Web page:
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4 Life-Giving Resources for Caregivers Who Are on The Edge of Burnout

  • Jennifer Waddle
4 Life-Giving Resources for Caregivers Who Are on The Edge of Burnout

“Caregiving often calls us to lean into love we didn’t know possible.” —Tia Walker, author of The Inspired Caregiver: Finding Joy While Caring for Those You Love

It used to be that multi-generational families lived together—young and old—with plenty of physical, emotional, and spiritual support for one another. The older generation worked hard to take good care of their families, until they were physically unable, and then the roles were reversed as the younger generation stepped up to the plate.

Today, families are scattered, each to their own separate careers, schedules, and corners of the world. This is the norm for our culture, yet it poses a real problem when a loved one becomes unable to care for themselves. In fact, it can really shake up a person’s life, when they are suddenly called to the caregiving role, leaving them feeling helpless and overwhelmed. Caregiving could even be described as one of the most stress-producing seasons of life.

That’s why it is crucial that we recognize those who have taken on the role of caregiver—often without choice—and offer as much help as we can. If you are a caregiver, or know of someone who is, here are a few life-giving resources to help you on your journey and hopefully help you avoid burnout.

Photo Credit: Unsplash/Candice Picard

1. Trusted Day or Night Care

1. Trusted Day or Night Care

If only for a few hours per week, you can get a much-needed break knowing that your loved one is cared for. While the options vary from state to state, most offer partial care, which may even include meals and activities.

The struggle for most caregivers, is the worry that their loved one won’t want to go to a Day Care Center or receive nighttime assistance. Perhaps, their family member will even begin to display unfavorable behavior and resistance. In this case, it would be a good idea to visit the facility together, at least for the first few times, until your loved one is somewhat acclimated.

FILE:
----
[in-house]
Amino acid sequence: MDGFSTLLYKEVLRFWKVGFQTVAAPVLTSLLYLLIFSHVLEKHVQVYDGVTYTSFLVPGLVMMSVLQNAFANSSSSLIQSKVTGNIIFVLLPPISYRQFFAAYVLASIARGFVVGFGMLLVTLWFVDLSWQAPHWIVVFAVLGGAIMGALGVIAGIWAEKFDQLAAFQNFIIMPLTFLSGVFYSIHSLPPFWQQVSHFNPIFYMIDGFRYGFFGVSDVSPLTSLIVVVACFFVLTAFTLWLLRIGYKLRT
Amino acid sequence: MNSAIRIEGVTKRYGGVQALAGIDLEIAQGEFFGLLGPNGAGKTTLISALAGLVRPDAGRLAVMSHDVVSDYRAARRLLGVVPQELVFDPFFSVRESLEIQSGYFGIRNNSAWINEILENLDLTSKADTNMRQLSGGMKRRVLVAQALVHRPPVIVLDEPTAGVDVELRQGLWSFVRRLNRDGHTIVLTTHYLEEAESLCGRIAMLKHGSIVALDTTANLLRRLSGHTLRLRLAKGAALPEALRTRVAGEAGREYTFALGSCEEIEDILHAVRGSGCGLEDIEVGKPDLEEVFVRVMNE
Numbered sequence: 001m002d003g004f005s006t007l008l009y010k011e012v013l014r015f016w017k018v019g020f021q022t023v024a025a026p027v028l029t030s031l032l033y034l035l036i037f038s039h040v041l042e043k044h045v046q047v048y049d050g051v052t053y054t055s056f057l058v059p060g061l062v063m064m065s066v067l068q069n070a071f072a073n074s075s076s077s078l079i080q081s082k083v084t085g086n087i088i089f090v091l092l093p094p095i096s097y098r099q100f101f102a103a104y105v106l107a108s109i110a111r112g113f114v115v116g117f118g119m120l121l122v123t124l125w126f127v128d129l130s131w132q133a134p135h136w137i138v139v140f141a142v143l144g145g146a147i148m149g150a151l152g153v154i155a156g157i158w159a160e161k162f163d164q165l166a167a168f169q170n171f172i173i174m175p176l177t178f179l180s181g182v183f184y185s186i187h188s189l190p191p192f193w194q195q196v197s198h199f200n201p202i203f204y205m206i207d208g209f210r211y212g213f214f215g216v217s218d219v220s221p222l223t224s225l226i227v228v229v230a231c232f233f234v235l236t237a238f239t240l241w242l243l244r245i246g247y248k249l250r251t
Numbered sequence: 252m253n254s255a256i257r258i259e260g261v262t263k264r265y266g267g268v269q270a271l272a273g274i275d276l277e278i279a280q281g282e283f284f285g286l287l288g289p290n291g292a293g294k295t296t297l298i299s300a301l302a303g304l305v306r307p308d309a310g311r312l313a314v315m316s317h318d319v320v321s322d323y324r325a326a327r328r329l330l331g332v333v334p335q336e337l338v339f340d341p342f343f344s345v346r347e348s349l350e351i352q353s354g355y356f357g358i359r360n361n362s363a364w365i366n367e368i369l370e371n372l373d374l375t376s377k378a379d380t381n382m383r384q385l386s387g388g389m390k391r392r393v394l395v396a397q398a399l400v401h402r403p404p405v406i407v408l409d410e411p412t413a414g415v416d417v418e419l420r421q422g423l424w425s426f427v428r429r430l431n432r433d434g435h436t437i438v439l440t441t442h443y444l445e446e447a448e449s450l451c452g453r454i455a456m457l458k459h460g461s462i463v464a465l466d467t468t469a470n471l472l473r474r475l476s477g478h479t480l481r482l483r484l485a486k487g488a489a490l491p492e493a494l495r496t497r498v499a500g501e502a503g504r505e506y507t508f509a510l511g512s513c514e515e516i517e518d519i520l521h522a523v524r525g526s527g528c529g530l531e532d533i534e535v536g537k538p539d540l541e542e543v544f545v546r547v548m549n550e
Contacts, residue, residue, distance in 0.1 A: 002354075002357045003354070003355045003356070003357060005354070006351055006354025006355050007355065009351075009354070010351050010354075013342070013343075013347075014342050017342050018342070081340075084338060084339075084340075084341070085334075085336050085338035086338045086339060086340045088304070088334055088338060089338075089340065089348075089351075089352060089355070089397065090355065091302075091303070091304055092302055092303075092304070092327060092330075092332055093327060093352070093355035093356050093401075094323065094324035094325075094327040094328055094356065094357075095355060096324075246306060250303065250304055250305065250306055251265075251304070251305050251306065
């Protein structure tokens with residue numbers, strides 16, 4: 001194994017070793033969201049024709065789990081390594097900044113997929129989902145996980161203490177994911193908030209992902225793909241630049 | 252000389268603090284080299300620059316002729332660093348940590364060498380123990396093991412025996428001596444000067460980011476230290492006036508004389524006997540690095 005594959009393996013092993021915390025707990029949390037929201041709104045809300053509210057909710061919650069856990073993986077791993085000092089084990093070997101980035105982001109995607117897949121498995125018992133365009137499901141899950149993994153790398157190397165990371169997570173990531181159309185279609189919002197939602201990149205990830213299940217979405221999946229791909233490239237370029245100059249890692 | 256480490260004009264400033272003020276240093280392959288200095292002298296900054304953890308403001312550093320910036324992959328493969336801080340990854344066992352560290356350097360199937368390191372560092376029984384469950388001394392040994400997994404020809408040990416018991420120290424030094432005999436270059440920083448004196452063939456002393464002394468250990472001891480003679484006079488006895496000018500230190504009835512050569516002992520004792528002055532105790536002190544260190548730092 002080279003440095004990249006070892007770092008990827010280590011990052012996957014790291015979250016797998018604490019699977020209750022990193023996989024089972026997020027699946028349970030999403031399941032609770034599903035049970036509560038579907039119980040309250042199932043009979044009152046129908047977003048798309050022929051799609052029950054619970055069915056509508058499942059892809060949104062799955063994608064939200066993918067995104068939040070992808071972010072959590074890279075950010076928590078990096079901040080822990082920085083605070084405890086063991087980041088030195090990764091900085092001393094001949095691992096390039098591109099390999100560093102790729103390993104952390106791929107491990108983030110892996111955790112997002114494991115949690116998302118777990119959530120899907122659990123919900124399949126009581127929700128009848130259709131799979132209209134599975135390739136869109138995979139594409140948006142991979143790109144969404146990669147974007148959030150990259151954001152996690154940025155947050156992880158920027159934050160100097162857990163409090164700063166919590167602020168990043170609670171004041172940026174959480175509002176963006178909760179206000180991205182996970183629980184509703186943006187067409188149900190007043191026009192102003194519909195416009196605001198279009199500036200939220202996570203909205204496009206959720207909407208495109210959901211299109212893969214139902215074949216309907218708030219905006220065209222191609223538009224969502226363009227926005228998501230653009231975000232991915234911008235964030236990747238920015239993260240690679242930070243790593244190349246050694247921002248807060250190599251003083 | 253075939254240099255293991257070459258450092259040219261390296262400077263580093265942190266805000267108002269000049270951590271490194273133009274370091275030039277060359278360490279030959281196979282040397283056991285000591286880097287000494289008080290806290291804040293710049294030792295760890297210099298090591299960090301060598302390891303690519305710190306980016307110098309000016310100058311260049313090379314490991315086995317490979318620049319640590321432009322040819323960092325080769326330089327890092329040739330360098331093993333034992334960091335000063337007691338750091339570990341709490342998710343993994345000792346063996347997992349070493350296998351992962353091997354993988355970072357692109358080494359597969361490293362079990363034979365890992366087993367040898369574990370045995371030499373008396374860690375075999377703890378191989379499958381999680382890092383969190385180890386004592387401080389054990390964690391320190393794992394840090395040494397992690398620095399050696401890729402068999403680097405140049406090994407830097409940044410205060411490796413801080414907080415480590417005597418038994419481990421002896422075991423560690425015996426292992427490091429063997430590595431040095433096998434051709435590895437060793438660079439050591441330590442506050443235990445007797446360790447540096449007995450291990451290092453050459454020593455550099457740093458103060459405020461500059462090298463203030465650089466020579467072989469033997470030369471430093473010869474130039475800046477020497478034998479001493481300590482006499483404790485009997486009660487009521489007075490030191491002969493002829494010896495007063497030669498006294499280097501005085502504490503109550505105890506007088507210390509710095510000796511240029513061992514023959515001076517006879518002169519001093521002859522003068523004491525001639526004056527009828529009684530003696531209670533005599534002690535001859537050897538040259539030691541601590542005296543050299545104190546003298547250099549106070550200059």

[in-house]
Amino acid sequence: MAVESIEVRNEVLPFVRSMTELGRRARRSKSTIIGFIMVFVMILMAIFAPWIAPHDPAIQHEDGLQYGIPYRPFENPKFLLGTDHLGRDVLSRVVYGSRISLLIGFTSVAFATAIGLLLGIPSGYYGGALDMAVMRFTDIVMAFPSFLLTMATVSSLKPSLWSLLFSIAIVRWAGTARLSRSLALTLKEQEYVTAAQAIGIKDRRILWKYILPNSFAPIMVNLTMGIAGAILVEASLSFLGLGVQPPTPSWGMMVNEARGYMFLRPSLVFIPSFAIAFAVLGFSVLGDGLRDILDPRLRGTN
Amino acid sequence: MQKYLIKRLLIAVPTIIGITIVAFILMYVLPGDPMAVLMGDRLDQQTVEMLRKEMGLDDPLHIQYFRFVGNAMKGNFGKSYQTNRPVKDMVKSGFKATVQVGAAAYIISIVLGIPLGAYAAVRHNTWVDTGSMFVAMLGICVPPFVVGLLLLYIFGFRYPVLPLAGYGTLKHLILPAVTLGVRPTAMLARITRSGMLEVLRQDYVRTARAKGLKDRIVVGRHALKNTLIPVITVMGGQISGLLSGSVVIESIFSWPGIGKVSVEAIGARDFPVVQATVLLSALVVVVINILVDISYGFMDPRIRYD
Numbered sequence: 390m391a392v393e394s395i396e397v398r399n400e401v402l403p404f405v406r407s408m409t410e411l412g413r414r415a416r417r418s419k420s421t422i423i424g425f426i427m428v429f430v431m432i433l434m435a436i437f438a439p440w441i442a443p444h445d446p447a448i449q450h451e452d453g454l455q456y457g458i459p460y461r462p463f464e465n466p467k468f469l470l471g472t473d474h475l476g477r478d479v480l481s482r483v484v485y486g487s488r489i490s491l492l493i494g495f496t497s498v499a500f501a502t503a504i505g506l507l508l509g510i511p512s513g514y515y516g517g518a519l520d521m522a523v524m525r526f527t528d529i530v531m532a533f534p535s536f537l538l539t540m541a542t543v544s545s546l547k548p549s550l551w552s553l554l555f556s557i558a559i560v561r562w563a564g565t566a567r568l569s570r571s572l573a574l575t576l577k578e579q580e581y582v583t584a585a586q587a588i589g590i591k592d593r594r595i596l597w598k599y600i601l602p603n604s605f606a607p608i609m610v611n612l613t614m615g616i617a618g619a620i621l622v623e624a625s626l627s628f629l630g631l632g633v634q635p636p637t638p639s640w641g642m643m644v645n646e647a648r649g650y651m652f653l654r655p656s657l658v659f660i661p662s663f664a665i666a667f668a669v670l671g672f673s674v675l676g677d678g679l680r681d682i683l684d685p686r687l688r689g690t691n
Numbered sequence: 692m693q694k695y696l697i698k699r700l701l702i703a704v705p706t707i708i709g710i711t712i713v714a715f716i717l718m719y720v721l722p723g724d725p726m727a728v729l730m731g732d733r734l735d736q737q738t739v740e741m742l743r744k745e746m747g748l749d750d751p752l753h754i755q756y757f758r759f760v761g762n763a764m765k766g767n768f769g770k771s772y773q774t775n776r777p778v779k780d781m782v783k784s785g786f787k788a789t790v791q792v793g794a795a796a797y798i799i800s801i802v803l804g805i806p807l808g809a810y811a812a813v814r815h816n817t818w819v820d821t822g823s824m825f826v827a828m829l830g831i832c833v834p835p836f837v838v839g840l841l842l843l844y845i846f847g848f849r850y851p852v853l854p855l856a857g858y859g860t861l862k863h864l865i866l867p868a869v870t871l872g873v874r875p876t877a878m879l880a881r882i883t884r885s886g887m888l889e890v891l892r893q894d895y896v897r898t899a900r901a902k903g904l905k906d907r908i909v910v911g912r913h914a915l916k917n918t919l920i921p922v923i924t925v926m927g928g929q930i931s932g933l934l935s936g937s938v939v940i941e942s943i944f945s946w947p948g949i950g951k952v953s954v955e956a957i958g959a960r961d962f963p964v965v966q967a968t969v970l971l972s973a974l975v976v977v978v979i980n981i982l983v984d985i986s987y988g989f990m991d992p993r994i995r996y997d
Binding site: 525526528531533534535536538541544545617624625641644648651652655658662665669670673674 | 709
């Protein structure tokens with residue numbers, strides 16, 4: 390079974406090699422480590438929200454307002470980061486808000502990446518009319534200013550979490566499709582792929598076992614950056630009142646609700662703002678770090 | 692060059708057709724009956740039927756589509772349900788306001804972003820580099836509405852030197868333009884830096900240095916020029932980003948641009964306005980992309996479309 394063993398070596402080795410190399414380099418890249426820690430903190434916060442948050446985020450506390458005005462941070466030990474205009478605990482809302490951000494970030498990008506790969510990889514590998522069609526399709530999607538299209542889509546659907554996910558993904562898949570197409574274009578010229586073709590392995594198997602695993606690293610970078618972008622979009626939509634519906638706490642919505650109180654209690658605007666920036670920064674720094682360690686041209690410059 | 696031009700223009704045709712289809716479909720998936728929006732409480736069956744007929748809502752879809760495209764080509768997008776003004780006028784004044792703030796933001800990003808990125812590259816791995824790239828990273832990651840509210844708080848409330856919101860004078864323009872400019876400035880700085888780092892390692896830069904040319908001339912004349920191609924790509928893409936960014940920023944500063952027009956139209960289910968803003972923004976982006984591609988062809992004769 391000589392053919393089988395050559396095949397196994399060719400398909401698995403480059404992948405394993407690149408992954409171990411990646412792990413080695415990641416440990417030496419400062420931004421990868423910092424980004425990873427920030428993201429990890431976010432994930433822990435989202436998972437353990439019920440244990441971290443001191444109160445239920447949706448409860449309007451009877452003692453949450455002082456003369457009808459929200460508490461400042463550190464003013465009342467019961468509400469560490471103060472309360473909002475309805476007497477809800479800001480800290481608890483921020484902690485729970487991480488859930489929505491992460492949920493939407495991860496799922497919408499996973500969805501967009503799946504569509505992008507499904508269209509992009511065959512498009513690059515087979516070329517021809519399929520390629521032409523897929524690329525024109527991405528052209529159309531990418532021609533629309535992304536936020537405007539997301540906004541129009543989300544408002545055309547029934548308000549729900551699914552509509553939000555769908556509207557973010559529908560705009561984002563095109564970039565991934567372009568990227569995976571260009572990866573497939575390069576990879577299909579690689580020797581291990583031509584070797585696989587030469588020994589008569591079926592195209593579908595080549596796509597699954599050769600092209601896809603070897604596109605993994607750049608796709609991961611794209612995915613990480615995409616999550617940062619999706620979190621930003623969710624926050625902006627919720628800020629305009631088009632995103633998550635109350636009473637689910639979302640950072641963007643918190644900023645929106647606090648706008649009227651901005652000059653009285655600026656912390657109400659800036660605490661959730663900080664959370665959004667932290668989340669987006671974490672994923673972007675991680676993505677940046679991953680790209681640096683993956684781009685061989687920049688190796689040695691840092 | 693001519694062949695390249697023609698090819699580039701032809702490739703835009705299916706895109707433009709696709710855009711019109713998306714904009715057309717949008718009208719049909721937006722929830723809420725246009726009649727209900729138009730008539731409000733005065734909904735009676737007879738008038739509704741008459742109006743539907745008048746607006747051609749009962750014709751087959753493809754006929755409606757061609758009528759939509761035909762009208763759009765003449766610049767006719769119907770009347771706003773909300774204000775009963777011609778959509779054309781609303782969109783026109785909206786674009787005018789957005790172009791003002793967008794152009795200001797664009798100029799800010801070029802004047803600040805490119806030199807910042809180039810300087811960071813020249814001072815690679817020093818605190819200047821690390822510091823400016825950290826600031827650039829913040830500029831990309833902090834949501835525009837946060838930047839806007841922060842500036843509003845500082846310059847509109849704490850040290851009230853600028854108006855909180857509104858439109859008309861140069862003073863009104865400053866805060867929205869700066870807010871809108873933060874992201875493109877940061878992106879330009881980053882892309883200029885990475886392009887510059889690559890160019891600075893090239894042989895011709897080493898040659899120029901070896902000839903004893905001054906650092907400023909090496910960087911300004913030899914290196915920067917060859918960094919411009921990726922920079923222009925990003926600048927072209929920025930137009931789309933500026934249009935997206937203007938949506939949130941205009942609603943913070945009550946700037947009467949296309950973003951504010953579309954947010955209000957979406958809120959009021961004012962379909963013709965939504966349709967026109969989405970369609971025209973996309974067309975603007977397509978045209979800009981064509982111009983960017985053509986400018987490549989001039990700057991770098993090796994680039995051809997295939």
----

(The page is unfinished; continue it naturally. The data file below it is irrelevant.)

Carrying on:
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Other Options:

Other Options:

Another option is to connect with a senior group in your church, or a church in your community, and ask if they would be interested in spending time with your loved one, even for a few hours each week. Perhaps, they would even be willing to come to your house, giving you the freedom to get out for a while. This may work especially well if you are caring for an elderly person, as they may see it less as “babysitting” and more as quality time with friends.

One final idea is to enlist a college student would love to have a part-time job of sitting with your loved one. This can be a way to not only relieve your stress, but to also help out a struggling student who needs a little extra spending money.

Here is more information regarding adult day care and where to find a program in your area. Also, check out this site to learn more about overnight care for your loved one.

Photo Credit: Unsplash/Vlad Sargu

2. Christian Counseling or Mentorship

2. Christian Counseling or Mentorship

Caregivers are usually the last ones to reach out for emotional and spiritual support. But your overall wellbeing is of utmost importance. For without it, you will not be able to take care of anyone, especially yourself, which will most likely lead to burnout.

Find a trusted counselor or mentor to talk to on a regular basis. Allow yourself to admit the things you don’t like about the caregiving process. Give yourself permission to dump all of your frustrations out, knowing that the other person is there to listen, pray, and guide.

Regular, scheduled times with a trusted counselor may very well be a life-giving outlet for caregivers who feel like they are carrying the weight of the world on their shoulders. Being able to vent to someone can lift some of the burden and make a world of difference.

Photo Credit: Unsplash/Maranatha Pizarras

3. Support Groups and Other Caregiver Connections